Every three months (or so), it’s maintenance day at Lydia’s playschool. It’s a co-operative playschool, so the moms and dads (mostly dads) come in to spruce the place up — spread mulch, put in or take out the air conditioners, fix the bookcases, and scrub a-l-l-l-l-l the toys.
The playschool is in an old house with low ceilings, so a line of dads lumbers into the room, ducking low to avoid the paper umbrellas hanging from the ceiling. We pick up the plastic bins full of toys from the bookshelves lining the walls, and lumber out again in a row, taking the toys to the kitchen. It’s like an elephant parade in the tiny space, or a procession of big, friendly golems.
After running the toys through the dishwasher, they have to be sorted back into their plastic bins. That’s the hardest part, because there’s a LOT of bins, and a LOT of categories: farm animals, zoo animals, sea creatures, dinosaurs, ponies, LARGE farm animals, non-zoo pets, non-dinosaur reptiles. Every bin has a label and one or two pictures laminated on the front, which is often helpful — a picture of a dinosaur, for instance — but sometimes confusing. There’s a bin with a picture of a tiger and a picture OF A DUCK on the front. Huh? “Tigers, plus animals tigers like to think about snacking on?” I bet it makes perfect sense to the kids, but sometimes the differences seem inscrutable.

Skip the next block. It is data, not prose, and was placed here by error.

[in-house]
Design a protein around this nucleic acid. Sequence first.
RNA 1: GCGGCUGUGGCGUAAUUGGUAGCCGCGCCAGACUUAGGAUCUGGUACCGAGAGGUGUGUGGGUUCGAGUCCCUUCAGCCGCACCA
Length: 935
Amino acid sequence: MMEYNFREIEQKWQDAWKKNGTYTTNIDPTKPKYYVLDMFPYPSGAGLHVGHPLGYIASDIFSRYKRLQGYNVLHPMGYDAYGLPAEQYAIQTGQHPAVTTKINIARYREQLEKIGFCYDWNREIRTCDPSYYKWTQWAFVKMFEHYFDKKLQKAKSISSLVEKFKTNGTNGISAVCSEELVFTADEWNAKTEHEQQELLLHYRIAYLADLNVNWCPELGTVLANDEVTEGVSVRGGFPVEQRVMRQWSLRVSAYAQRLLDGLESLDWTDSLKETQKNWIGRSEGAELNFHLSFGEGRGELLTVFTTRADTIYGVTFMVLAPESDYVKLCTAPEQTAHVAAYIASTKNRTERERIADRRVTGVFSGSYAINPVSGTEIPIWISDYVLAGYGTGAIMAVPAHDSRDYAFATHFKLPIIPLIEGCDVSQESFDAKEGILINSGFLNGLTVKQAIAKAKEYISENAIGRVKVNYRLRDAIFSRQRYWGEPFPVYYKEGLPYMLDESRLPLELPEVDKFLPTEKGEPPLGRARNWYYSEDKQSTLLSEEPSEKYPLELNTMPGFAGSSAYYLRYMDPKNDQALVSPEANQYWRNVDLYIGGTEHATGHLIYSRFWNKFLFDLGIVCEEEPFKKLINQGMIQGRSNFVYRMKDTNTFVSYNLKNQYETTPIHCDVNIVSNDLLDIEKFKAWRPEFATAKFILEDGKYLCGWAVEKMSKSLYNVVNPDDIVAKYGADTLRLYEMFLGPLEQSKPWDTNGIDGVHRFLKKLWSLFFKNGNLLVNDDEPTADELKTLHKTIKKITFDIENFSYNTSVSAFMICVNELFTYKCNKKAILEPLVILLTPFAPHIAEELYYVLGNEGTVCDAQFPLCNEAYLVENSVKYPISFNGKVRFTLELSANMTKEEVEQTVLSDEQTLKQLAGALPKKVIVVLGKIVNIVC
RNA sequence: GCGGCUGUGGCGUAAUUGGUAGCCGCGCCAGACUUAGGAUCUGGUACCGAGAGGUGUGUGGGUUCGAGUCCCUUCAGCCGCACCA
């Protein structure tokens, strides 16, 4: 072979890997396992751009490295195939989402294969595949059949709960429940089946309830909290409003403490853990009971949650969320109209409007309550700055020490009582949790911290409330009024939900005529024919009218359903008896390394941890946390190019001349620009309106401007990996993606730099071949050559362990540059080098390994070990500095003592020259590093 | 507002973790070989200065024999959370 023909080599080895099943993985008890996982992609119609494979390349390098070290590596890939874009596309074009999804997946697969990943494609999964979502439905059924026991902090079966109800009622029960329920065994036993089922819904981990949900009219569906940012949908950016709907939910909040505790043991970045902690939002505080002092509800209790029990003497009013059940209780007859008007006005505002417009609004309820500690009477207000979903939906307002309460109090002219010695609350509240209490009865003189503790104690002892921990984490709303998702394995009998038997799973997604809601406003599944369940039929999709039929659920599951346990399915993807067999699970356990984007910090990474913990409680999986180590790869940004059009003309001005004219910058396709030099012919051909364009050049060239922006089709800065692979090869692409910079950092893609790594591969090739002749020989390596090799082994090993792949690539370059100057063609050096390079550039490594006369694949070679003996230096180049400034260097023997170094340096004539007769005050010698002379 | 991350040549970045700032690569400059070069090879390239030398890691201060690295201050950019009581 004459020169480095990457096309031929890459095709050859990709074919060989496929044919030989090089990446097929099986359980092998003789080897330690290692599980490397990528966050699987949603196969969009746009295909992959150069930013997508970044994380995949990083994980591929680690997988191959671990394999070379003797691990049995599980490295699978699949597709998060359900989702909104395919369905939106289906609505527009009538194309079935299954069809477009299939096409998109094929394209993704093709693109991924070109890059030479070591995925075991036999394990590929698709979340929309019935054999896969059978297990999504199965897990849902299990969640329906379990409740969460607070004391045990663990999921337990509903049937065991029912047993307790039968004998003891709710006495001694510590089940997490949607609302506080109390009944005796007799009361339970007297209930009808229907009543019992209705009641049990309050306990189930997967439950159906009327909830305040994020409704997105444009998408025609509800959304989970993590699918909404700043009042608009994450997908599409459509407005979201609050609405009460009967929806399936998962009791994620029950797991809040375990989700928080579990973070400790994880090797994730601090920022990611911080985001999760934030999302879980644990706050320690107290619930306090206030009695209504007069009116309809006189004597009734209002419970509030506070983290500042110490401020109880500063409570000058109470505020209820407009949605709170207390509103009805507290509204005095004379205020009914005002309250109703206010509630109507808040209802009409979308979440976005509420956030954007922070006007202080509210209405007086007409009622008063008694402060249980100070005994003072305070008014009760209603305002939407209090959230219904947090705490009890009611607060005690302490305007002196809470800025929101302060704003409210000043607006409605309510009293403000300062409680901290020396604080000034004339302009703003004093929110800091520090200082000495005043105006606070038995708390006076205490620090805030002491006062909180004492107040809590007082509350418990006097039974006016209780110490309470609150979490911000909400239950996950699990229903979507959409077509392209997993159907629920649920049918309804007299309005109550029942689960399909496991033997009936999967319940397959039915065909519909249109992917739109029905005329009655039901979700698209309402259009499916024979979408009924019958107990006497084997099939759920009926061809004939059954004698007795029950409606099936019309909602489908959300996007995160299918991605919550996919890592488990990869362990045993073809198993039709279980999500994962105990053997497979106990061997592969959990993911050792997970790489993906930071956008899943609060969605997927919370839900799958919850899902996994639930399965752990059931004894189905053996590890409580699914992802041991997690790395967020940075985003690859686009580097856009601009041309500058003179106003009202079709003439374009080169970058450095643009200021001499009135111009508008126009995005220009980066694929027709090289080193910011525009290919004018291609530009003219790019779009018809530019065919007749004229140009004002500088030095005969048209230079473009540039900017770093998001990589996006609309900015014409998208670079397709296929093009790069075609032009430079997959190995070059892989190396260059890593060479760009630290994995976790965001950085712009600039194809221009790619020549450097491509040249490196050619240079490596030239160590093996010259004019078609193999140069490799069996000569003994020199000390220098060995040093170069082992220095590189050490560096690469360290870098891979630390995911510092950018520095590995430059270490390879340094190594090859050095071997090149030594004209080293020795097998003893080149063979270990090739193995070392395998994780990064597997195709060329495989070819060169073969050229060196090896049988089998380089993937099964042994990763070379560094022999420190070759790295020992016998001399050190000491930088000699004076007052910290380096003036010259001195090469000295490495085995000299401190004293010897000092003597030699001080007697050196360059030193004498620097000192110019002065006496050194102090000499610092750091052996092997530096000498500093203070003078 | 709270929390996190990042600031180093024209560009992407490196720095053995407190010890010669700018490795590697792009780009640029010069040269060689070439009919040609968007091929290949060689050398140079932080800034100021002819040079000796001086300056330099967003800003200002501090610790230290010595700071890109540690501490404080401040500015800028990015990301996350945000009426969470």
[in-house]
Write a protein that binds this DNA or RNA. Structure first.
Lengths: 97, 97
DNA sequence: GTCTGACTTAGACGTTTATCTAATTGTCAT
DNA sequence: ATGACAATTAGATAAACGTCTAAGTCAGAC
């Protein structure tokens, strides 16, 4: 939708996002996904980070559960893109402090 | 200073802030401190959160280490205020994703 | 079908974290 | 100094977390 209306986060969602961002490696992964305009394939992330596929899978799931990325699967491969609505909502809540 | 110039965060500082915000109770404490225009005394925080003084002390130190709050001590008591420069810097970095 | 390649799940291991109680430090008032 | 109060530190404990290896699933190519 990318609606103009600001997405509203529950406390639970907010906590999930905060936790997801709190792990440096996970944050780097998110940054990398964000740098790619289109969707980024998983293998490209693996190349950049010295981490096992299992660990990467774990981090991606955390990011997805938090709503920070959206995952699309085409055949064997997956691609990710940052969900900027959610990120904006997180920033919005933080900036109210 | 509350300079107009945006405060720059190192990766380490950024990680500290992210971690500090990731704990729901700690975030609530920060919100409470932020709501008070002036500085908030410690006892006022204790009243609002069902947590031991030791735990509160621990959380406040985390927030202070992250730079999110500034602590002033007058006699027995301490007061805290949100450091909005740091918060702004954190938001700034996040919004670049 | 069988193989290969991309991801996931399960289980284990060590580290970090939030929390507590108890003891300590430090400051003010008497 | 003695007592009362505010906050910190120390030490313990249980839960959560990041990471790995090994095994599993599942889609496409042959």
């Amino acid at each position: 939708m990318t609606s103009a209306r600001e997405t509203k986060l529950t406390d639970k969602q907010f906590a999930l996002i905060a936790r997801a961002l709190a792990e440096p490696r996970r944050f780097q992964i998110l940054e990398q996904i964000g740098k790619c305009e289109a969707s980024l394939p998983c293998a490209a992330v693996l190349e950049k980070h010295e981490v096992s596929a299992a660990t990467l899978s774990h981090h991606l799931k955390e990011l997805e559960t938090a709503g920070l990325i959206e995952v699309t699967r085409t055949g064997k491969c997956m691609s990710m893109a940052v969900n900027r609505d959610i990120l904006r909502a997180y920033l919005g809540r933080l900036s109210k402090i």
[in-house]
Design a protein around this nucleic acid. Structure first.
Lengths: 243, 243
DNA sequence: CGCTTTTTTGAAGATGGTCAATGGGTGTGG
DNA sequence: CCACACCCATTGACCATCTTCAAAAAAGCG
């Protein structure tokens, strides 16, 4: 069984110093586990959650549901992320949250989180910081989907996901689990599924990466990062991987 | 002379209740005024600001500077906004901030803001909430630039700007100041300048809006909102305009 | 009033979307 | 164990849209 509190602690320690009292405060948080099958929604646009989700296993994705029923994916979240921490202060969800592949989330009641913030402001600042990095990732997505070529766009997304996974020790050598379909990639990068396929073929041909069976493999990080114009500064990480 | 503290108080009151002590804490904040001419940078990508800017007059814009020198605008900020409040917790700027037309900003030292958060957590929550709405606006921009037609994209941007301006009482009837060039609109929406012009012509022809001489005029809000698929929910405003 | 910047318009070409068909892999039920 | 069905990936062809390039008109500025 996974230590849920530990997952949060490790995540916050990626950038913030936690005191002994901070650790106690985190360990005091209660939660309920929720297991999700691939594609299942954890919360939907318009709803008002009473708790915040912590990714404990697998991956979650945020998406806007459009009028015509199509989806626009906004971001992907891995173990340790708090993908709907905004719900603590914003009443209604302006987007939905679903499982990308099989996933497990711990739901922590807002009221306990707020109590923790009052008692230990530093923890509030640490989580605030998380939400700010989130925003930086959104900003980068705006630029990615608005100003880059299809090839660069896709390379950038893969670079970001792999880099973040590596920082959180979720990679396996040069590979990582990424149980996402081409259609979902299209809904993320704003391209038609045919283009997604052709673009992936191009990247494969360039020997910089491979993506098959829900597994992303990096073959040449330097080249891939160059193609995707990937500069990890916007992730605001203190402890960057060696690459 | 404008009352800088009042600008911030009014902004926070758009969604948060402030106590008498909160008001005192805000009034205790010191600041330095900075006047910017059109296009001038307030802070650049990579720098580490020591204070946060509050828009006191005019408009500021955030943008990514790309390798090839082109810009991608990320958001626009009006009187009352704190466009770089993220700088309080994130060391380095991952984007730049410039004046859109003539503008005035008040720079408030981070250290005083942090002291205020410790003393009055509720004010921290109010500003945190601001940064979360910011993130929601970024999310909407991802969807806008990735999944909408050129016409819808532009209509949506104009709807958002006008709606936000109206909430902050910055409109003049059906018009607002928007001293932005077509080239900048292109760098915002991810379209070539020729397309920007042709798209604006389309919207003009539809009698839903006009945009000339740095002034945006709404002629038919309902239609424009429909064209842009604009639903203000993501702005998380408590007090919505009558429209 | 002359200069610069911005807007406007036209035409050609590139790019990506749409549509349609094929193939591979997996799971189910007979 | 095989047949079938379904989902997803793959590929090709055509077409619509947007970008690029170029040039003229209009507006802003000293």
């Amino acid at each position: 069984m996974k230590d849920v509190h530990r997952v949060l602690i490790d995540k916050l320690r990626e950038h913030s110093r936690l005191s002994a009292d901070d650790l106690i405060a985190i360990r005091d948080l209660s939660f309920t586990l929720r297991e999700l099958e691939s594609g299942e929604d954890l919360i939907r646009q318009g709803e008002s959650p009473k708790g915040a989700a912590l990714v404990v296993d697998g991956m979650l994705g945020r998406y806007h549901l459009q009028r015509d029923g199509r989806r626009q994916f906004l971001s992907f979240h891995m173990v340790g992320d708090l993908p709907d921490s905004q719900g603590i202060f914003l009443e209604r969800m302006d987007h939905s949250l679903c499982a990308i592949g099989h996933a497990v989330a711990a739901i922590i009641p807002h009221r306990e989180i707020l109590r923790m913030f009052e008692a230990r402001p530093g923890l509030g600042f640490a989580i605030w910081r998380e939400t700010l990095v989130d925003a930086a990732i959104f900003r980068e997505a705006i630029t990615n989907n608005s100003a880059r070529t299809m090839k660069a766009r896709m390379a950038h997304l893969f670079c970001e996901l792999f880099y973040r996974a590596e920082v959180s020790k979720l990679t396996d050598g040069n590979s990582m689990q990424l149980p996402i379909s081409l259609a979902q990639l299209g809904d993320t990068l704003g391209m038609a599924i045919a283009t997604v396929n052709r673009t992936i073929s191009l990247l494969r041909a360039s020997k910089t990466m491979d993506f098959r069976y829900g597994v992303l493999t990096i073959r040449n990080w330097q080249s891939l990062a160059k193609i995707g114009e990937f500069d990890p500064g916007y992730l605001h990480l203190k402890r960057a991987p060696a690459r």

The dads, many of whom have exacting and technical jobs, have a great time coming up with new taxonomies and re-binning schemes as we stand around the 24" high table drying the toys as they come out of the dishwasher. Or just, you know, laughing when a pint of hot water pours out of a hole in the lion’s ass. (Those go in the “incontinent jungle predators” bin.)